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  2. I live in a residential care facility and there is a nurse that works here, and every day I pray she will be eaten by a Bear. She is Russian and I tell evryone that she was trained at the Moscow Zoo. She embarasses CA’s in front of patients all the time. She is a complete bitch. I have been here for over 3 years and when I came here I was walking. She was an RN but had taken over a manager’s position who was on MAT leave. Prior to coming here I spent 3 moonths at a rehab facility learning to walk again and I worked really hard. I have a wheel chair for when I went out, but in the faciclity I was walking and using my walker. One day she came to my room and screamed at me and told me I was going to fall down and break my hips and that would kill me and I was going to die and she repeated herself several times screamingf the whole time. She really scared me andI listened to her and I stopped walking. Other than making the worst choice possible for a husband, I listened to this woman and I stopped walking which was actually the worst decision of my life. It is just after midnight so I can say today’s prayer. Recently I was diagnosed with hypothyroidism. This woman came too my room for some reason and I told her I was having a problem with my thyroid, and she said, no you don’t. I repeated myself at least 3 or 4 times and she disagreed with me everytime. Finally I said, if I don’t why am I taking medication for it. She then said, I am going to check your chart and I will be right back. It was atleast 2 or 3 weeks before I saw her agsain. I will continue to hate her. If I knew then what I know now, I would have reported her to her boss and made a real big scene about it.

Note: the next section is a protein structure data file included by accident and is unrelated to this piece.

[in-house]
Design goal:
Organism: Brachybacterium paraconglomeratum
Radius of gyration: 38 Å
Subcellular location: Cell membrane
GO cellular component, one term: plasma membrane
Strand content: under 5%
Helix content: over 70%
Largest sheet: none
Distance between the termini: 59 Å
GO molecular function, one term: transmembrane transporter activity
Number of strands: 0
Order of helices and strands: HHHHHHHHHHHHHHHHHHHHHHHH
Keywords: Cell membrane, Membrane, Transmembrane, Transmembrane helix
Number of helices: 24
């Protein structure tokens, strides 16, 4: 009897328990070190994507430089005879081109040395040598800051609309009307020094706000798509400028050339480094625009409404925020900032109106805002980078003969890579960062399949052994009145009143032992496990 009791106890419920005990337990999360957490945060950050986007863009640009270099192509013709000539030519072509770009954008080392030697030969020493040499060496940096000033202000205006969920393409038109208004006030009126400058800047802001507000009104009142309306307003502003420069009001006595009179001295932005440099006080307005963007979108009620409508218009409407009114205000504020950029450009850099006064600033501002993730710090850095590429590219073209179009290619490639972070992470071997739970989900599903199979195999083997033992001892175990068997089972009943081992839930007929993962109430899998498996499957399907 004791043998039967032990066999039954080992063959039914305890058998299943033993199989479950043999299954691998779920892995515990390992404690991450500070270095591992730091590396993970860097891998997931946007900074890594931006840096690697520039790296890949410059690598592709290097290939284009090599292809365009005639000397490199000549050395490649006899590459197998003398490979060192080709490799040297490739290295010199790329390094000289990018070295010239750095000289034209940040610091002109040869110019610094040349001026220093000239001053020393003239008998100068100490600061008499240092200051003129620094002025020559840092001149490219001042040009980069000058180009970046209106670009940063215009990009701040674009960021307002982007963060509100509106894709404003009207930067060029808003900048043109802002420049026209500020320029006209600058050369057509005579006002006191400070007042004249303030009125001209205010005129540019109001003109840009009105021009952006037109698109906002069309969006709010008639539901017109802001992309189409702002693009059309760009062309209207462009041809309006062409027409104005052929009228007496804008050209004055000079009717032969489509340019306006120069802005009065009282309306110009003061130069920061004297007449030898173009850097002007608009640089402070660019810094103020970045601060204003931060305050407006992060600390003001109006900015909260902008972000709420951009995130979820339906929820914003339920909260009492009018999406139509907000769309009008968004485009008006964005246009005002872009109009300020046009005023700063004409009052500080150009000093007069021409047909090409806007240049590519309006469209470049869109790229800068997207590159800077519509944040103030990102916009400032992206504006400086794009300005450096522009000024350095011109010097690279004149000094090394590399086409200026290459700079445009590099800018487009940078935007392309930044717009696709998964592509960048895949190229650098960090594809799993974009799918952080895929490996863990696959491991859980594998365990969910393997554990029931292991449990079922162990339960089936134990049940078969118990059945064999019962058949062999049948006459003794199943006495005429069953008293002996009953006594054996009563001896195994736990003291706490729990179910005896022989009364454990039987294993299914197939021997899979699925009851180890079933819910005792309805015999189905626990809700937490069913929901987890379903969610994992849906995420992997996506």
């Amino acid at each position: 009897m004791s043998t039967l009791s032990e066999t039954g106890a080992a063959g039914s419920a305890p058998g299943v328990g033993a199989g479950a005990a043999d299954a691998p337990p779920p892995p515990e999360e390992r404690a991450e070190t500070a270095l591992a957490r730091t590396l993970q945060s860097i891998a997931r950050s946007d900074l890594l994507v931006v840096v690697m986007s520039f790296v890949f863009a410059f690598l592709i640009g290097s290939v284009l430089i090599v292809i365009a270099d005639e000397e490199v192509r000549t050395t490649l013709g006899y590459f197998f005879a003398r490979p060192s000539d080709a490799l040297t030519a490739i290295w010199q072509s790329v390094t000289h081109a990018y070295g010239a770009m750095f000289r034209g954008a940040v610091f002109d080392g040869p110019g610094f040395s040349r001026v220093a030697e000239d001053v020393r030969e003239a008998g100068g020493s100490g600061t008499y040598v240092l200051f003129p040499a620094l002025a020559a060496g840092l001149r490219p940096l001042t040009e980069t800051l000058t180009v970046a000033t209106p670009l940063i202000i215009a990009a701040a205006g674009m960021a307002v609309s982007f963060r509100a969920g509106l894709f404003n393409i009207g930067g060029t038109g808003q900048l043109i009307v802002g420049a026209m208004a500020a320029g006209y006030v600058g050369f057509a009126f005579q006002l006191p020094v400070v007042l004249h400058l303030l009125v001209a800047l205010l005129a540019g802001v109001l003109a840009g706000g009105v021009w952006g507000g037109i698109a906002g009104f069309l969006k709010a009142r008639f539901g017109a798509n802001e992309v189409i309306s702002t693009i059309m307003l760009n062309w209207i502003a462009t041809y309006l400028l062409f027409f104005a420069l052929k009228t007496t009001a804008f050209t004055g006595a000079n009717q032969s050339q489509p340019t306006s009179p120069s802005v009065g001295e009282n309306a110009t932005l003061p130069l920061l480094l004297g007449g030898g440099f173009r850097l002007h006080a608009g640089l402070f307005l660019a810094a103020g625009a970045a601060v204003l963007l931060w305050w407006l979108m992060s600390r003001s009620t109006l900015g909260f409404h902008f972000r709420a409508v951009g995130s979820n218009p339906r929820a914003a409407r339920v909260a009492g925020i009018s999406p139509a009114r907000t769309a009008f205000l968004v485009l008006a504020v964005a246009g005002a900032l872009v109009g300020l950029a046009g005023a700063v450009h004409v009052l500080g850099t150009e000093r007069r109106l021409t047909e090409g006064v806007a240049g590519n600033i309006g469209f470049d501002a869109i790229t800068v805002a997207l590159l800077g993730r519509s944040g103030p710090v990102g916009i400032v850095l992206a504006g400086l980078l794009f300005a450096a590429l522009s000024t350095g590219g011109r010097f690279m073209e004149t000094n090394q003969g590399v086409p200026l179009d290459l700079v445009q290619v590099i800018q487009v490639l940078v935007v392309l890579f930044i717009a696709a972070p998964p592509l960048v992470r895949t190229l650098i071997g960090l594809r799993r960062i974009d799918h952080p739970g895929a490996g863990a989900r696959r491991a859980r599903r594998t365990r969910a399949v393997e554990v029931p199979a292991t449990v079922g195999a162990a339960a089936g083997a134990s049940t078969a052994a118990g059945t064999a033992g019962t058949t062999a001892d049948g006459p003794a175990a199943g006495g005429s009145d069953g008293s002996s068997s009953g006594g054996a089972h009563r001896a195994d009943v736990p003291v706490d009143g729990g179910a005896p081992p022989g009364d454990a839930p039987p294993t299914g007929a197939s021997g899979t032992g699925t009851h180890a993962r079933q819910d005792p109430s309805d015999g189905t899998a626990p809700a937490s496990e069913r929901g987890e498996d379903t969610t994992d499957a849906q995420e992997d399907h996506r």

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  3. I experienced this first hand while in my placements for a BN degree. One of the first wave of BN students, which I think was part of the problem. Was made to feel stupid and ignorant by other nurses who mistrusted the degree programmes. Self confidence completely eroded. Had a meltdown on day one after a Christmas break and was ‘persuaded’ to go back where I spiralled into full blown (but undiagnosed at the time) depression. Told uni ‘mentor’ that a good shift for me was one where I didn’t spend my breaks in the toilet crying. Nothing was done, no help offered. Well over 20 years ago now and I would certainly not put up with it these days. Terrible mentality of ‘we were trained that way so why shouldn’t you be?’, or ‘I had to put up with it, so should you’. And what’s worse, (mostly) women destroying other women.